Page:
1. Marie is a beauty shop owner after 300 years.
Now let's analyze this: there was an actual Marie Laveau in history, but according to this particular story for TV, Marie (played by Angela Bassett) has been immortal for over 300 years. After three centuries the only profession they could dream up for her in 2013 was frying up hair and doing weaves in a small shop? Come on man!

There's nothing wrong with owning your very own beauty shop, but for a 300-year-old character why not put her as the head of an enterprise where she empowers other women from the hood to be hardcore business women making major moves and doing her bidding. Now that would have been interesting... ahhh, if only. That's a powerful representation of black women that mainstream television will probably work very hard to suppress for as long as possible.

2. Queenie offers herself up sexually to a beast.
Near the middle of the season, I was disgusted at a scene where Queenie encounters a Minotaur beast and touches herself to sexually arouse him. The beast then ravages her and leaves her seriously hurt. Through the whole scene I couldn't help but think that the producers were trying to align Queenie  with this beast, as if they were a perfect pair -- as if they were *both* beasts.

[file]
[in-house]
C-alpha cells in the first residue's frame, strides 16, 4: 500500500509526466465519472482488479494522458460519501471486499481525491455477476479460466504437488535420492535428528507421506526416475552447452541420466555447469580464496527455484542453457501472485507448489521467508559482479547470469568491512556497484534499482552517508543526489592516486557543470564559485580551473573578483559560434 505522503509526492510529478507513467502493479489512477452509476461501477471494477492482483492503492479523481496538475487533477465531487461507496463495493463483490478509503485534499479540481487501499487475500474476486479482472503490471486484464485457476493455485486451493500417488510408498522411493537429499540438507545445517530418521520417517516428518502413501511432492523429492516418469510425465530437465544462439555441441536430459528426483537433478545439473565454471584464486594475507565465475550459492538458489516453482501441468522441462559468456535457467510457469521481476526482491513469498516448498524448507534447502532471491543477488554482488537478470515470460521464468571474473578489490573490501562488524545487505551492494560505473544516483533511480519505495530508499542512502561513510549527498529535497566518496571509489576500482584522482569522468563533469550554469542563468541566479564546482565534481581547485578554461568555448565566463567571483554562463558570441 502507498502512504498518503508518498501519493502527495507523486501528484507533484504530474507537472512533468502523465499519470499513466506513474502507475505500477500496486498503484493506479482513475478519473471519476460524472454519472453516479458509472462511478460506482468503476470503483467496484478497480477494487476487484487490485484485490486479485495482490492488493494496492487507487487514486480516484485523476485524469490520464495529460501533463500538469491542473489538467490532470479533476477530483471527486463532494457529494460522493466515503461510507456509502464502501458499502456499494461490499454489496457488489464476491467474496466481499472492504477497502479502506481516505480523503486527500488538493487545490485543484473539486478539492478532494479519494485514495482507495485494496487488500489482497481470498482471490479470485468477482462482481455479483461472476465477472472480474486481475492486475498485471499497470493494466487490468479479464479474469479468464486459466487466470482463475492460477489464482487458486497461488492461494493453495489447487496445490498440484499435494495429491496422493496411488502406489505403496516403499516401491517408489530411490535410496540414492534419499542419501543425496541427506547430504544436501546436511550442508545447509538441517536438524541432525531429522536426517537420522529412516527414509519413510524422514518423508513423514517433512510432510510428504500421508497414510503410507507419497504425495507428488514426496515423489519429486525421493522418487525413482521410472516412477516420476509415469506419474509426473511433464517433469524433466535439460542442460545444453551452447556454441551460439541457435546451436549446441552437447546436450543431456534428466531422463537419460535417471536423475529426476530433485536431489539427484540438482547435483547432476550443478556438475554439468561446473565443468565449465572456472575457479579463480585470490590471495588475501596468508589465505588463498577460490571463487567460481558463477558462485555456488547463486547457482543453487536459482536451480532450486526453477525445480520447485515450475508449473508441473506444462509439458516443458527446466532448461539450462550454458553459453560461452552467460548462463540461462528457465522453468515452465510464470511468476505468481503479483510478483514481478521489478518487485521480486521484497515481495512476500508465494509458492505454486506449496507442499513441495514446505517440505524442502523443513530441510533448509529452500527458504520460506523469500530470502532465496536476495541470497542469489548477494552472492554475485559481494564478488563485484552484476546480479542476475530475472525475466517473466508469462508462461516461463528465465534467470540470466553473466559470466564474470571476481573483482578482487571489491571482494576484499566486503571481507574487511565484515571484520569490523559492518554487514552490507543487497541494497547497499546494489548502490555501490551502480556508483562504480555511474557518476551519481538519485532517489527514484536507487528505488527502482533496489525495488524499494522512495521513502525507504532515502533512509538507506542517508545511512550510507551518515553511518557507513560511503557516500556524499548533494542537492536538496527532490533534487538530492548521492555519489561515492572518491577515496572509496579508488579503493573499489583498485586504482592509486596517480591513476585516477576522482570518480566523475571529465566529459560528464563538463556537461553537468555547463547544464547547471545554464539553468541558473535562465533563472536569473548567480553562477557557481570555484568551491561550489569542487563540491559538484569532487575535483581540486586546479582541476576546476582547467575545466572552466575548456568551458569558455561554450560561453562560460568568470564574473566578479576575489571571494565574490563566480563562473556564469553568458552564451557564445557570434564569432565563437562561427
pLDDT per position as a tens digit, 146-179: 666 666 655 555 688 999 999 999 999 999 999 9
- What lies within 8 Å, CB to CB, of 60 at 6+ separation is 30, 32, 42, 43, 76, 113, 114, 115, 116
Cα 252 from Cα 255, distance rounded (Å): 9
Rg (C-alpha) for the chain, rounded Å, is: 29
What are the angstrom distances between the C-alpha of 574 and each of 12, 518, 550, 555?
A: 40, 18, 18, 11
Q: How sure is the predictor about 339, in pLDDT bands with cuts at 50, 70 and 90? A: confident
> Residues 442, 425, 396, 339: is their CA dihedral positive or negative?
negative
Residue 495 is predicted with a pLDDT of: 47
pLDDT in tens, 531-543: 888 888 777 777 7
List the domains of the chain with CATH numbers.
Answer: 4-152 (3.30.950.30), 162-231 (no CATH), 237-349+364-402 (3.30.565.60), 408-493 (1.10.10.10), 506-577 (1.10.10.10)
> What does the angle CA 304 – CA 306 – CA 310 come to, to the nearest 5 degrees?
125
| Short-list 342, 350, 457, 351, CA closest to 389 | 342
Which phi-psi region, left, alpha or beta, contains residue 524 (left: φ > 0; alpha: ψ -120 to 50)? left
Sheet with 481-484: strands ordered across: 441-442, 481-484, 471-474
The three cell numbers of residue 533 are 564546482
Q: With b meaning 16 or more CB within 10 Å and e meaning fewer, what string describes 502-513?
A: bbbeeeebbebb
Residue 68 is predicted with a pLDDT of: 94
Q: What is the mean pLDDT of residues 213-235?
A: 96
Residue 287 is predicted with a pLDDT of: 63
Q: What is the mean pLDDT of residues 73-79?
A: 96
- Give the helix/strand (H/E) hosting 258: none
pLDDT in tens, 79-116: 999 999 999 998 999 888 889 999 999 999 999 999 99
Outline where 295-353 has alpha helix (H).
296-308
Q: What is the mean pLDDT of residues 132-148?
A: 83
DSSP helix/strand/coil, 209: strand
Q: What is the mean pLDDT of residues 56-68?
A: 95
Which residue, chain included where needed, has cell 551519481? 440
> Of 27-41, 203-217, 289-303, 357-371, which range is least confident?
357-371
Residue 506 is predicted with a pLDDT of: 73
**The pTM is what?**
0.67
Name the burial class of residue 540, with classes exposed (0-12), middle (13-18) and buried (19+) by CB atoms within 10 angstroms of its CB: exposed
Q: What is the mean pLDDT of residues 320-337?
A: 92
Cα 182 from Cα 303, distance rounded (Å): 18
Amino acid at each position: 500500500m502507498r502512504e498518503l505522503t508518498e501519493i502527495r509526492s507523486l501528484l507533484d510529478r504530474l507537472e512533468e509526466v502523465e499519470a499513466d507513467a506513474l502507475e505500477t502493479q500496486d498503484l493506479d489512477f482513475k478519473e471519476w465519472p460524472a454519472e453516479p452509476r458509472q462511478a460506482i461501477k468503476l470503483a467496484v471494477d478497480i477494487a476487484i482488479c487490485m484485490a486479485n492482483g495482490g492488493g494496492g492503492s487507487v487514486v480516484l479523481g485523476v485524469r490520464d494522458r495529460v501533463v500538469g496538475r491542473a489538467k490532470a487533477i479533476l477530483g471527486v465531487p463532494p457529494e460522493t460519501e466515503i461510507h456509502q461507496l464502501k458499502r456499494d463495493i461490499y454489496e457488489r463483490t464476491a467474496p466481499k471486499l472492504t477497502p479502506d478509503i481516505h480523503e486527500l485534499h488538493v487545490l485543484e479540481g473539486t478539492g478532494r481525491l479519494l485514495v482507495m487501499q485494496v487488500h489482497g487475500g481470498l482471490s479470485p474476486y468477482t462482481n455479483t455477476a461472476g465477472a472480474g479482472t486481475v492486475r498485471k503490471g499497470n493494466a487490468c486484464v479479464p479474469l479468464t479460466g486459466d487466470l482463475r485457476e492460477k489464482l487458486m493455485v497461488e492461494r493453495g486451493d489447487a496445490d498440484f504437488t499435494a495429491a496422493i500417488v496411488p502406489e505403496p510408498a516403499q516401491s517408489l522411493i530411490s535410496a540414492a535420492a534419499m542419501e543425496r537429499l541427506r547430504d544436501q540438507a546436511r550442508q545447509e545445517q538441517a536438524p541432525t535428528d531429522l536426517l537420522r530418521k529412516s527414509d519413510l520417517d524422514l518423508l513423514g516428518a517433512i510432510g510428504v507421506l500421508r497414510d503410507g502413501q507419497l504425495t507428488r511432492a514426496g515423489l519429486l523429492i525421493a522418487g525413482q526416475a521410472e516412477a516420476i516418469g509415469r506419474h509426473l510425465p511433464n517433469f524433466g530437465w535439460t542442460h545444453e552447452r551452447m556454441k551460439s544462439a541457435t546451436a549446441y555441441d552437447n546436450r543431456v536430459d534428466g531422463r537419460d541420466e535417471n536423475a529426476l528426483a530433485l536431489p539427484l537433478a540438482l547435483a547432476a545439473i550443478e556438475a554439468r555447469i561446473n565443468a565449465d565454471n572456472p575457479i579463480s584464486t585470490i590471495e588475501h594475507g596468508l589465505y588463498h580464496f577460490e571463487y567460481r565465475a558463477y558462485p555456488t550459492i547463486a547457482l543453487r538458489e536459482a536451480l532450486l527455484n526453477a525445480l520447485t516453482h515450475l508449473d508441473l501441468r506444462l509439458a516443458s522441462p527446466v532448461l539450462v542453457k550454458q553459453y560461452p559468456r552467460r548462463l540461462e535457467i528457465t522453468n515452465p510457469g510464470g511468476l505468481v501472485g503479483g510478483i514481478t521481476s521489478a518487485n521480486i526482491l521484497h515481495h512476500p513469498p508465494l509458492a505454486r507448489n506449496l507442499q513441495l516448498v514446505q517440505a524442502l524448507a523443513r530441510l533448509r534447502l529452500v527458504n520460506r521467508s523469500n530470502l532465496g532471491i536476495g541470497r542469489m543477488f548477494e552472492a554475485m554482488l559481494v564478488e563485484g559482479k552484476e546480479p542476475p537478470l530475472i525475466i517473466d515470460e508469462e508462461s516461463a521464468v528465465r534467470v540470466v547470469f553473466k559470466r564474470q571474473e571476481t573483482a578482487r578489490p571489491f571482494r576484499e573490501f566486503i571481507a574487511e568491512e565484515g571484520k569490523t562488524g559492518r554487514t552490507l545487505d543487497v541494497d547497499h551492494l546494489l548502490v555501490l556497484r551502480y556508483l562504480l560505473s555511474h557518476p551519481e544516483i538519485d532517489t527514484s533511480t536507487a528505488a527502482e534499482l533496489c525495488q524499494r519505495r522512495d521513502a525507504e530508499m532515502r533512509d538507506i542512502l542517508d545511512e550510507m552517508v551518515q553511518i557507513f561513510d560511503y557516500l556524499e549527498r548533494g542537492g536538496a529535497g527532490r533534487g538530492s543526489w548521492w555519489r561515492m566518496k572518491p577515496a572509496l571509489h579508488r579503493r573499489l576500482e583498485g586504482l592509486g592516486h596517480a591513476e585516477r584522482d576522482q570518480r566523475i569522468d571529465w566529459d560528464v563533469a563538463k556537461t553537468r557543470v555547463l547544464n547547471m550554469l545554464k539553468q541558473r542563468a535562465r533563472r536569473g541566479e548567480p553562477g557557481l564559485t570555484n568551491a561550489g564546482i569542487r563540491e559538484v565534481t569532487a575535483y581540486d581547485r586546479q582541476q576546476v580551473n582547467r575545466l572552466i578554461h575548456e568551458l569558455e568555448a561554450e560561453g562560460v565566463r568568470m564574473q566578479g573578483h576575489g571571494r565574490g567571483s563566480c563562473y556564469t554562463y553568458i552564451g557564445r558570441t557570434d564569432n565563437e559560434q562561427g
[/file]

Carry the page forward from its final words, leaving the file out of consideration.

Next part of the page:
3. Queenie is the Queen of Chicken.
It seems as if Gabby will forever be associated with fried chicken if stereotyping writers and producers have anything to do with it. In the show she starts off slinging legs and wings at a chicken shack before going to the coven house. Of course she's treated like dirt in both places.

4. Black peoples’ hell is forever having to go to the back of the chicken line.
In the show there is a scene where Queenie visits hell to talk to Papa Legba, and there she sees a long line of mostly black people waiting to be served at her chicken counter. When a black man steps out of the line to complain, he's told to go to the back of the line. Papa Legba says that that guy’s hell is to forever smell the aroma of chicken while not being able to order any! The next black woman on line complained and yelled, snapping her neck, but alas she could not get any chicken either! This all might be humorous if it had not been dreamed up by some "hipster" from Middle America who has a limited view and perception of what black people are all about.